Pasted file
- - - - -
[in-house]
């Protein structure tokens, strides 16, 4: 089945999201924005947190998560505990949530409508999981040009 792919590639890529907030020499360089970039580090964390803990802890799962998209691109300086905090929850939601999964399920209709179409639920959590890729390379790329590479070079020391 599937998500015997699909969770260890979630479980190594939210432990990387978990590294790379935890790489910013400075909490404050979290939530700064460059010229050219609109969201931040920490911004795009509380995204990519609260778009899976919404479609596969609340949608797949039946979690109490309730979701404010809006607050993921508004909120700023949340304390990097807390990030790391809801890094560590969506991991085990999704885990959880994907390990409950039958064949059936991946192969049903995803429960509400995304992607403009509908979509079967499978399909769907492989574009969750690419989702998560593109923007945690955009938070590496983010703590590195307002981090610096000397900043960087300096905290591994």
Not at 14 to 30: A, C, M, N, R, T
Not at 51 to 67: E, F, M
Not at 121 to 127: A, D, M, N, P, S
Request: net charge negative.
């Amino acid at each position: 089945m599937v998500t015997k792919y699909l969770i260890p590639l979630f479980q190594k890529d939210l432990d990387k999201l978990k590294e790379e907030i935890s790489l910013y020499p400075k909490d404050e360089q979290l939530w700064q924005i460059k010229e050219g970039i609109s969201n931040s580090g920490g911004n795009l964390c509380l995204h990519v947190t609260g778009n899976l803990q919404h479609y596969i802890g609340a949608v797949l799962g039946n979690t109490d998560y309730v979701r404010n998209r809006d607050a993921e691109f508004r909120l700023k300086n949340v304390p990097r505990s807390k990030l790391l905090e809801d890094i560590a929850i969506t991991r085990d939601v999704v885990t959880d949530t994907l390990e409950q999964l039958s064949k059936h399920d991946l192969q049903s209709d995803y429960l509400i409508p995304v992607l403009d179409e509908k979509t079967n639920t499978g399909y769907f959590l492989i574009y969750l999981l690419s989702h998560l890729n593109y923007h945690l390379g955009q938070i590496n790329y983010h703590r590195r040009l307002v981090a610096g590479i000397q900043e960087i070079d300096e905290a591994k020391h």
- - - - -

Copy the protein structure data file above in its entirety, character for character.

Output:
[in-house]
């Protein structure tokens, strides 16, 4: 089945999201924005947190998560505990949530409508999981040009 792919590639890529907030020499360089970039580090964390803990802890799962998209691109300086905090929850939601999964399920209709179409639920959590890729390379790329590479070079020391 599937998500015997699909969770260890979630479980190594939210432990990387978990590294790379935890790489910013400075909490404050979290939530700064460059010229050219609109969201931040920490911004795009509380995204990519609260778009899976919404479609596969609340949608797949039946979690109490309730979701404010809006607050993921508004909120700023949340304390990097807390990030790391809801890094560590969506991991085990999704885990959880994907390990409950039958064949059936991946192969049903995803429960509400995304992607403009509908979509079967499978399909769907492989574009969750690419989702998560593109923007945690955009938070590496983010703590590195307002981090610096000397900043960087300096905290591994």
Not at 14 to 30: A, C, M, N, R, T
Not at 51 to 67: E, F, M
Not at 121 to 127: A, D, M, N, P, S
Request: net charge negative.
């Amino acid at each position: 089945m599937v998500t015997k792919y699909l969770i260890p590639l979630f479980q190594k890529d939210l432990d990387k999201l978990k590294e790379e907030i935890s790489l910013y020499p400075k909490d404050e360089q979290l939530w700064q924005i460059k010229e050219g970039i609109s969201n931040s580090g920490g911004n795009l964390c509380l995204h990519v947190t609260g778009n899976l803990q919404h479609y596969i802890g609340a949608v797949l799962g039946n979690t109490d998560y309730v979701r404010n998209r809006d607050a993921e691109f508004r909120l700023k300086n949340v304390p990097r505990s807390k990030l790391l905090e809801d890094i560590a929850i969506t991991r085990d939601v999704v885990t959880d949530t994907l390990e409950q999964l039958s064949k059936h399920d991946l192969q049903s209709d995803y429960l509400i409508p995304v992607l403009d179409e509908k979509t079967n639920t499978g399909y769907f959590l492989i574009y969750l999981l690419s989702h998560l890729n593109y923007h945690l390379g955009q938070i590496n790329y983010h703590r590195r040009l307002v981090a610096g590479i000397q900043e960087i070079d300096e905290a591994k020391h």